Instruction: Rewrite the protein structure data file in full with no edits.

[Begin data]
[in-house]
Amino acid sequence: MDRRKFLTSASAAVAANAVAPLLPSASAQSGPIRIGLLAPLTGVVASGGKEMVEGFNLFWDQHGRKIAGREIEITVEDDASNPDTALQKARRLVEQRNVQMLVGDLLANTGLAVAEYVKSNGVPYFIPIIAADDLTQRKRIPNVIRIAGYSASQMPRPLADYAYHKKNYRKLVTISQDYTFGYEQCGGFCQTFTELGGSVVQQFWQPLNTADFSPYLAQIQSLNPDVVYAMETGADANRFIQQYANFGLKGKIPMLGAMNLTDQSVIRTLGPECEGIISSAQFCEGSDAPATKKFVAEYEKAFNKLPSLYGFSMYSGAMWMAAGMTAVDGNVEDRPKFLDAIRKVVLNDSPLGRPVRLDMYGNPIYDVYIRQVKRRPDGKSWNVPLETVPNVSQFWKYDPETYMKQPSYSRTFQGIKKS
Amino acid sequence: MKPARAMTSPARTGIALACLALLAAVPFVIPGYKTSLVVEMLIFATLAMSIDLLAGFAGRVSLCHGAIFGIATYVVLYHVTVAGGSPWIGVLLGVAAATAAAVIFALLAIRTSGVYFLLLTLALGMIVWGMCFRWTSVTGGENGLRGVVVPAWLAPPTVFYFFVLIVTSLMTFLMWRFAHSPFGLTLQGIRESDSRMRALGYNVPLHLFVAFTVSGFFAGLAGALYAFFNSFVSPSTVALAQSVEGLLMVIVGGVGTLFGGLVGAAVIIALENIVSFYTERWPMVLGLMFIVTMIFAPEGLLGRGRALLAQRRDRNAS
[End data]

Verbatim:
[in-house]
Amino acid sequence: MDRRKFLTSASAAVAANAVAPLLPSASAQSGPIRIGLLAPLTGVVASGGKEMVEGFNLFWDQHGRKIAGREIEITVEDDASNPDTALQKARRLVEQRNVQMLVGDLLANTGLAVAEYVKSNGVPYFIPIIAADDLTQRKRIPNVIRIAGYSASQMPRPLADYAYHKKNYRKLVTISQDYTFGYEQCGGFCQTFTELGGSVVQQFWQPLNTADFSPYLAQIQSLNPDVVYAMETGADANRFIQQYANFGLKGKIPMLGAMNLTDQSVIRTLGPECEGIISSAQFCEGSDAPATKKFVAEYEKAFNKLPSLYGFSMYSGAMWMAAGMTAVDGNVEDRPKFLDAIRKVVLNDSPLGRPVRLDMYGNPIYDVYIRQVKRRPDGKSWNVPLETVPNVSQFWKYDPETYMKQPSYSRTFQGIKKS
Amino acid sequence: MKPARAMTSPARTGIALACLALLAAVPFVIPGYKTSLVVEMLIFATLAMSIDLLAGFAGRVSLCHGAIFGIATYVVLYHVTVAGGSPWIGVLLGVAAATAAAVIFALLAIRTSGVYFLLLTLALGMIVWGMCFRWTSVTGGENGLRGVVVPAWLAPPTVFYFFVLIVTSLMTFLMWRFAHSPFGLTLQGIRESDSRMRALGYNVPLHLFVAFTVSGFFAGLAGALYAFFNSFVSPSTVALAQSVEGLLMVIVGGVGTLFGGLVGAAVIIALENIVSFYTERWPMVLGLMFIVTMIFAPEGLLGRGRALLAQRRDRNAS